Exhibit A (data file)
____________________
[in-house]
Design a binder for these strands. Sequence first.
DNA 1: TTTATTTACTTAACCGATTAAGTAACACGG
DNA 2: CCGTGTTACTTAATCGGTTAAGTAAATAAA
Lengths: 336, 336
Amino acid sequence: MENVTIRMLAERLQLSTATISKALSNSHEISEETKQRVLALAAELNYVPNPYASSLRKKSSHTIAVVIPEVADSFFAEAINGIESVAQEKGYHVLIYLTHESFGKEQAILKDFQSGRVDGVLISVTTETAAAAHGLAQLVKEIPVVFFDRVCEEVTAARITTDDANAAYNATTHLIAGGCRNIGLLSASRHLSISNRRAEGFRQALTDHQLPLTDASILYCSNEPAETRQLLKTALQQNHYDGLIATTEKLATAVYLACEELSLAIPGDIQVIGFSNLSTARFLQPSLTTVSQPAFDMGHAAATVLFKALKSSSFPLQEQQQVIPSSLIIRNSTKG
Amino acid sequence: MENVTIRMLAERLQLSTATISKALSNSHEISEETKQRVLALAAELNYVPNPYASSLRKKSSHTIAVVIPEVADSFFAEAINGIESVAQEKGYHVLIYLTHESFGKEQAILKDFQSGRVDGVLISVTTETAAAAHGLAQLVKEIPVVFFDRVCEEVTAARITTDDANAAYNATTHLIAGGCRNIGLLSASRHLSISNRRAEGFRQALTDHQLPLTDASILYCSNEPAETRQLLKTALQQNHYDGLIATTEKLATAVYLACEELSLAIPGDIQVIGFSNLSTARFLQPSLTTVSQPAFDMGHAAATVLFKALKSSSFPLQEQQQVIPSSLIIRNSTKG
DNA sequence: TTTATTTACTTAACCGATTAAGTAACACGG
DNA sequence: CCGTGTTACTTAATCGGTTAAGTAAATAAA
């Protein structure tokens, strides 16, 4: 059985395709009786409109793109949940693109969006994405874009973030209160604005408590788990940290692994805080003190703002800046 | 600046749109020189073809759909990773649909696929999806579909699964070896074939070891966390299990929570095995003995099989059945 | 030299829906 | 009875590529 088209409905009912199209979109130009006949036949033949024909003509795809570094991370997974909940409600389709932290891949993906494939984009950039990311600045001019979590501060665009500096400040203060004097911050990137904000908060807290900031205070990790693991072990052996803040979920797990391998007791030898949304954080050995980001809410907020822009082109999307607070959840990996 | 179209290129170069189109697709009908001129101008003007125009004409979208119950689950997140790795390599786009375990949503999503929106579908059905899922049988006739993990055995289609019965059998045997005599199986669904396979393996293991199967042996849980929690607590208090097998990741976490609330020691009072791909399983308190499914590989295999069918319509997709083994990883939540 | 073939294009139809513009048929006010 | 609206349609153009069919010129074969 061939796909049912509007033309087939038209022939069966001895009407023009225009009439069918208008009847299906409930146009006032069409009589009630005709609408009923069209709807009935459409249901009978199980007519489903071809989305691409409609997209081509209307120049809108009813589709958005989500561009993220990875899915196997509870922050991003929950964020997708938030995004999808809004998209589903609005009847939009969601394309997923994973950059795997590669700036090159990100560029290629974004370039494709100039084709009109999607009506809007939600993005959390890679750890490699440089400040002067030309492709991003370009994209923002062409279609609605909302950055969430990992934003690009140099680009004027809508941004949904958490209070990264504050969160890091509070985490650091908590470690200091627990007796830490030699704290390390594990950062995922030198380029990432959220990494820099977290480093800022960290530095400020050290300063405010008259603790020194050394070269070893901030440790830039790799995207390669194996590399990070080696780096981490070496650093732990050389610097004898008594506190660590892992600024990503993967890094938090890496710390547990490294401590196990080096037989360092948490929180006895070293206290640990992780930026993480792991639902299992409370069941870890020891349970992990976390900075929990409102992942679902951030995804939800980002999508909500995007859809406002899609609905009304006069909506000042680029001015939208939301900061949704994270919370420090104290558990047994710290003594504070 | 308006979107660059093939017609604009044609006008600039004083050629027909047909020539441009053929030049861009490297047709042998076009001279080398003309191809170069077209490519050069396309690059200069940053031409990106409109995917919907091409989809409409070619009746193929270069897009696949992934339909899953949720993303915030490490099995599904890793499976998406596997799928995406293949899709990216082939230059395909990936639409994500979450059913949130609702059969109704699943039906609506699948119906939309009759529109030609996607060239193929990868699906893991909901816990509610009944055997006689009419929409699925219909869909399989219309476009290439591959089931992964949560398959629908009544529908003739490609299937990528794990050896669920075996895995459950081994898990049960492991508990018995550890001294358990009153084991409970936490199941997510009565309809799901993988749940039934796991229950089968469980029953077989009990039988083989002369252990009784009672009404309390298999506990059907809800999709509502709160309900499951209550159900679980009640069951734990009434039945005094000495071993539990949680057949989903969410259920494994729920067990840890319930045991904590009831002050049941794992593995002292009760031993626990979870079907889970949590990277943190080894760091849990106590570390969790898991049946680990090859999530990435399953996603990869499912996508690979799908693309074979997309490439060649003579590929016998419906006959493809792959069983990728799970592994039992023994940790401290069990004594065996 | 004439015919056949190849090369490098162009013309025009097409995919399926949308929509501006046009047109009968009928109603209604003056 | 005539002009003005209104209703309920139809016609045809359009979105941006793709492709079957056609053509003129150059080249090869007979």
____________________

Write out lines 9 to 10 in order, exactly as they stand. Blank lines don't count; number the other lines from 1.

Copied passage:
DNA sequence: CCGTGTTACTTAATCGGTTAAGTAAATAAA
């Protein structure tokens, strides 16, 4: 059985395709009786409109793109949940693109969006994405874009973030209160604005408590788990940290692994805080003190703002800046 | 600046749109020189073809759909990773649909696929999806579909699964070896074939070891966390299990929570095995003995099989059945 | 030299829906 | 009875590529 088209409905009912199209979109130009006949036949033949024909003509795809570094991370997974909940409600389709932290891949993906494939984009950039990311600045001019979590501060665009500096400040203060004097911050990137904000908060807290900031205070990790693991072990052996803040979920797990391998007791030898949304954080050995980001809410907020822009082109999307607070959840990996 | 179209290129170069189109697709009908001129101008003007125009004409979208119950689950997140790795390599786009375990949503999503929106579908059905899922049988006739993990055995289609019965059998045997005599199986669904396979393996293991199967042996849980929690607590208090097998990741976490609330020691009072791909399983308190499914590989295999069918319509997709083994990883939540 | 073939294009139809513009048929006010 | 609206349609153009069919010129074969 061939796909049912509007033309087939038209022939069966001895009407023009225009009439069918208008009847299906409930146009006032069409009589009630005709609408009923069209709807009935459409249901009978199980007519489903071809989305691409409609997209081509209307120049809108009813589709958005989500561009993220990875899915196997509870922050991003929950964020997708938030995004999808809004998209589903609005009847939009969601394309997923994973950059795997590669700036090159990100560029290629974004370039494709100039084709009109999607009506809007939600993005959390890679750890490699440089400040002067030309492709991003370009994209923002062409279609609605909302950055969430990992934003690009140099680009004027809508941004949904958490209070990264504050969160890091509070985490650091908590470690200091627990007796830490030699704290390390594990950062995922030198380029990432959220990494820099977290480093800022960290530095400020050290300063405010008259603790020194050394070269070893901030440790830039790799995207390669194996590399990070080696780096981490070496650093732990050389610097004898008594506190660590892992600024990503993967890094938090890496710390547990490294401590196990080096037989360092948490929180006895070293206290640990992780930026993480792991639902299992409370069941870890020891349970992990976390900075929990409102992942679902951030995804939800980002999508909500995007859809406002899609609905009304006069909506000042680029001015939208939301900061949704994270919370420090104290558990047994710290003594504070 | 308006979107660059093939017609604009044609006008600039004083050629027909047909020539441009053929030049861009490297047709042998076009001279080398003309191809170069077209490519050069396309690059200069940053031409990106409109995917919907091409989809409409070619009746193929270069897009696949992934339909899953949720993303915030490490099995599904890793499976998406596997799928995406293949899709990216082939230059395909990936639409994500979450059913949130609702059969109704699943039906609506699948119906939309009759529109030609996607060239193929990868699906893991909901816990509610009944055997006689009419929409699925219909869909399989219309476009290439591959089931992964949560398959629908009544529908003739490609299937990528794990050896669920075996895995459950081994898990049960492991508990018995550890001294358990009153084991409970936490199941997510009565309809799901993988749940039934796991229950089968469980029953077989009990039988083989002369252990009784009672009404309390298999506990059907809800999709509502709160309900499951209550159900679980009640069951734990009434039945005094000495071993539990949680057949989903969410259920494994729920067990840890319930045991904590009831002050049941794992593995002292009760031993626990979870079907889970949590990277943190080894760091849990106590570390969790898991049946680990090859999530990435399953996603990869499912996508690979799908693309074979997309490439060649003579590929016998419906006959493809792959069983990728799970592994039992023994940790401290069990004594065996 | 004439015919056949190849090369490098162009013309025009097409995919399926949308929509501006046009047109009968009928109603209604003056 | 005539002009003005209104209703309920139809016609045809359009979105941006793709492709079957056609053509003129150059080249090869007979």